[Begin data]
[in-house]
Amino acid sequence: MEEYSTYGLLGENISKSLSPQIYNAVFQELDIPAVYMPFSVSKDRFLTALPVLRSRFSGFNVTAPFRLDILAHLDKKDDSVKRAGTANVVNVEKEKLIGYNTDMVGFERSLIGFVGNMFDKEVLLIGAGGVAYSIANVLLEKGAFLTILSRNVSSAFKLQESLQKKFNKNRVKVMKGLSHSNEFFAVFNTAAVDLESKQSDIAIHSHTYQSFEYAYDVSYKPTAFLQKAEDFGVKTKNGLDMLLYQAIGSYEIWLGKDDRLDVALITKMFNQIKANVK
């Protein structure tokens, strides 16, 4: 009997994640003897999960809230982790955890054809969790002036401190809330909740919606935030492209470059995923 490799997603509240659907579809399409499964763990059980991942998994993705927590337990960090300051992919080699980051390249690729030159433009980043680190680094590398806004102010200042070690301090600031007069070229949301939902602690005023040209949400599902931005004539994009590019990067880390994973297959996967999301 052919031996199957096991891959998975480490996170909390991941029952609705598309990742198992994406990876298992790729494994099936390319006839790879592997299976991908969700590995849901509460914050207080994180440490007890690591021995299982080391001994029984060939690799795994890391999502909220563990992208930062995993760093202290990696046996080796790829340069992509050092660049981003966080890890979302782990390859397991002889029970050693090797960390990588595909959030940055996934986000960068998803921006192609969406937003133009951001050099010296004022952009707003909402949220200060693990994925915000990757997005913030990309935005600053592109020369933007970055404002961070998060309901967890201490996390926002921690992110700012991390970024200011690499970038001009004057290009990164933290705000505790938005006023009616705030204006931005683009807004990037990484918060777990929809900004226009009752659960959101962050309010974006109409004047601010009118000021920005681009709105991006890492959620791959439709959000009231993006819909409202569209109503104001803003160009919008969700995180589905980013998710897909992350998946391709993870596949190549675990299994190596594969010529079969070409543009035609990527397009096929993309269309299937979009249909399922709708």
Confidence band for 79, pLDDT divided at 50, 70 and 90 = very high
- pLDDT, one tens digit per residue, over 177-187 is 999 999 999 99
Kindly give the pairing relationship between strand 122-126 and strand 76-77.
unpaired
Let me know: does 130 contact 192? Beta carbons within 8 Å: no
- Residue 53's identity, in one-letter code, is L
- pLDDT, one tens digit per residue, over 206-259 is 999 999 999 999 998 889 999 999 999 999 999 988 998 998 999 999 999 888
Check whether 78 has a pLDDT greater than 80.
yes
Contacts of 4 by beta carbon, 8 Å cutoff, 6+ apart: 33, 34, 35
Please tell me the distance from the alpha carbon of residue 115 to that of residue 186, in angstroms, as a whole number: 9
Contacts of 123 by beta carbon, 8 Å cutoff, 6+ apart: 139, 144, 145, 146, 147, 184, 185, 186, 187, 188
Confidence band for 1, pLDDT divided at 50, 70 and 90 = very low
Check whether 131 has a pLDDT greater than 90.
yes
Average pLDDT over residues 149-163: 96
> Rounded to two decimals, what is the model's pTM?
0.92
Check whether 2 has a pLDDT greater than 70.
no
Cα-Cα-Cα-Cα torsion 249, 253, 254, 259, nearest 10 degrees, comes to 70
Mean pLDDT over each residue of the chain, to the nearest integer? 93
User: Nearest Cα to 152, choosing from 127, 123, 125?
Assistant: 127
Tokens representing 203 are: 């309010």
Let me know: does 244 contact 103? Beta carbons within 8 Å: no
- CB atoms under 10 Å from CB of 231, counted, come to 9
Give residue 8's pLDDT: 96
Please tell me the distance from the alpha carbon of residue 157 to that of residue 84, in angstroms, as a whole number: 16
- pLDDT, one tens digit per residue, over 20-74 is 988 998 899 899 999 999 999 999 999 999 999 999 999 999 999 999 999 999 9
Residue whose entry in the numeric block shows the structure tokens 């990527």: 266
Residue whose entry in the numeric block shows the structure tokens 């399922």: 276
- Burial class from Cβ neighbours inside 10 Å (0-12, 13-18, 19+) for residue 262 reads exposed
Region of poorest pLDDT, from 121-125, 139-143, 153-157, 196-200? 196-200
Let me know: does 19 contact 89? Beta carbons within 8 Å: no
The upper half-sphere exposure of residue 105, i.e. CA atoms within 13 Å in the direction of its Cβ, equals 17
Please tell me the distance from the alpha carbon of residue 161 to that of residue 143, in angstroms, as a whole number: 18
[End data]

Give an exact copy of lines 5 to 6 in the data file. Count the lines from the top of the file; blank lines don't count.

- pLDDT, one tens digit per residue, over 177-187 is 999 999 999 99
Kindly give the pairing relationship between strand 122-126 and strand 76-77.